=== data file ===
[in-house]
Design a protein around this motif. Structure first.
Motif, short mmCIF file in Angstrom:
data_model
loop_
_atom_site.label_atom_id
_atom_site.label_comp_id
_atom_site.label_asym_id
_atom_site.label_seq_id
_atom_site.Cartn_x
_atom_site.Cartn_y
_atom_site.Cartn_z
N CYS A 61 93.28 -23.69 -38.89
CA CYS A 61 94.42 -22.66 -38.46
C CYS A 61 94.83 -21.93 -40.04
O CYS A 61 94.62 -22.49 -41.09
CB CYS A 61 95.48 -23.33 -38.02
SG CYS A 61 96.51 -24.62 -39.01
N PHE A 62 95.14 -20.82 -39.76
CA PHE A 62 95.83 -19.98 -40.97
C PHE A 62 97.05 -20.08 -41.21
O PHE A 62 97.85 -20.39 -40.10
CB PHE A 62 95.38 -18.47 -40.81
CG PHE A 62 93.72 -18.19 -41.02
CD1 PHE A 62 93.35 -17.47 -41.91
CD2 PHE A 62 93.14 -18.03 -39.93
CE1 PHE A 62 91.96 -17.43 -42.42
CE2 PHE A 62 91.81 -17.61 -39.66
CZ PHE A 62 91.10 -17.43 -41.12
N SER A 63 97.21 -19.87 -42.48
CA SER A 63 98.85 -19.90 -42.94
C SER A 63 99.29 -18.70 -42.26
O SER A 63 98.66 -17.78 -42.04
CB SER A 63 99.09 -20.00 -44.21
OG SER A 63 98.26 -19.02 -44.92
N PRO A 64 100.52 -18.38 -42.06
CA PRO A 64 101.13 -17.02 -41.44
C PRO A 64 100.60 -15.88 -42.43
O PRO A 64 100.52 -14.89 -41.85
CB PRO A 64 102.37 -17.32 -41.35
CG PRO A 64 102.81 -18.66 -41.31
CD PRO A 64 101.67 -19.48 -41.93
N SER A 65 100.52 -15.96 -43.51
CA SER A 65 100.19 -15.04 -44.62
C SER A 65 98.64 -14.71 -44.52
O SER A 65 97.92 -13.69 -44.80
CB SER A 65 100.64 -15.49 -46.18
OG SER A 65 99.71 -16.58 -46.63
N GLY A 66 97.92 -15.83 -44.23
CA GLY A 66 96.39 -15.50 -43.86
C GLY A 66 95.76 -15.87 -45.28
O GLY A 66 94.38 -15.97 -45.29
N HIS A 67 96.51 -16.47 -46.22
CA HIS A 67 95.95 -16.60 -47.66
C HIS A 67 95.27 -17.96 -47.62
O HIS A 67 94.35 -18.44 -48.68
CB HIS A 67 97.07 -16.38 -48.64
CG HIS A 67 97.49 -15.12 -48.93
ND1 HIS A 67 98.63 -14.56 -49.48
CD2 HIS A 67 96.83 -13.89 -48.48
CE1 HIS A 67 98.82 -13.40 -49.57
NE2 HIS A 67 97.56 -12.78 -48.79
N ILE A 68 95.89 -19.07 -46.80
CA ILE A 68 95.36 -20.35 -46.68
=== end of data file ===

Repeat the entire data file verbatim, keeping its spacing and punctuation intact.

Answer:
[in-house]
Design a protein around this motif. Structure first.
Motif, short mmCIF file in Angstrom:
data_model
loop_
_atom_site.label_atom_id
_atom_site.label_comp_id
_atom_site.label_asym_id
_atom_site.label_seq_id
_atom_site.Cartn_x
_atom_site.Cartn_y
_atom_site.Cartn_z
N CYS A 61 93.28 -23.69 -38.89
CA CYS A 61 94.42 -22.66 -38.46
C CYS A 61 94.83 -21.93 -40.04
O CYS A 61 94.62 -22.49 -41.09
CB CYS A 61 95.48 -23.33 -38.02
SG CYS A 61 96.51 -24.62 -39.01
N PHE A 62 95.14 -20.82 -39.76
CA PHE A 62 95.83 -19.98 -40.97
C PHE A 62 97.05 -20.08 -41.21
O PHE A 62 97.85 -20.39 -40.10
CB PHE A 62 95.38 -18.47 -40.81
CG PHE A 62 93.72 -18.19 -41.02
CD1 PHE A 62 93.35 -17.47 -41.91
CD2 PHE A 62 93.14 -18.03 -39.93
CE1 PHE A 62 91.96 -17.43 -42.42
CE2 PHE A 62 91.81 -17.61 -39.66
CZ PHE A 62 91.10 -17.43 -41.12
N SER A 63 97.21 -19.87 -42.48
CA SER A 63 98.85 -19.90 -42.94
C SER A 63 99.29 -18.70 -42.26
O SER A 63 98.66 -17.78 -42.04
CB SER A 63 99.09 -20.00 -44.21
OG SER A 63 98.26 -19.02 -44.92
N PRO A 64 100.52 -18.38 -42.06
CA PRO A 64 101.13 -17.02 -41.44
C PRO A 64 100.60 -15.88 -42.43
O PRO A 64 100.52 -14.89 -41.85
CB PRO A 64 102.37 -17.32 -41.35
CG PRO A 64 102.81 -18.66 -41.31
CD PRO A 64 101.67 -19.48 -41.93
N SER A 65 100.52 -15.96 -43.51
CA SER A 65 100.19 -15.04 -44.62
C SER A 65 98.64 -14.71 -44.52
O SER A 65 97.92 -13.69 -44.80
CB SER A 65 100.64 -15.49 -46.18
OG SER A 65 99.71 -16.58 -46.63
N GLY A 66 97.92 -15.83 -44.23
CA GLY A 66 96.39 -15.50 -43.86
C GLY A 66 95.76 -15.87 -45.28
O GLY A 66 94.38 -15.97 -45.29
N HIS A 67 96.51 -16.47 -46.22
CA HIS A 67 95.95 -16.60 -47.66
C HIS A 67 95.27 -17.96 -47.62
O HIS A 67 94.35 -18.44 -48.68
CB HIS A 67 97.07 -16.38 -48.64
CG HIS A 67 97.49 -15.12 -48.93
ND1 HIS A 67 98.63 -14.56 -49.48
CD2 HIS A 67 96.83 -13.89 -48.48
CE1 HIS A 67 98.82 -13.40 -49.57
NE2 HIS A 67 97.56 -12.78 -48.79
N ILE A 68 95.89 -19.07 -46.80
CA ILE A 68 95.36 -20.35 -46.68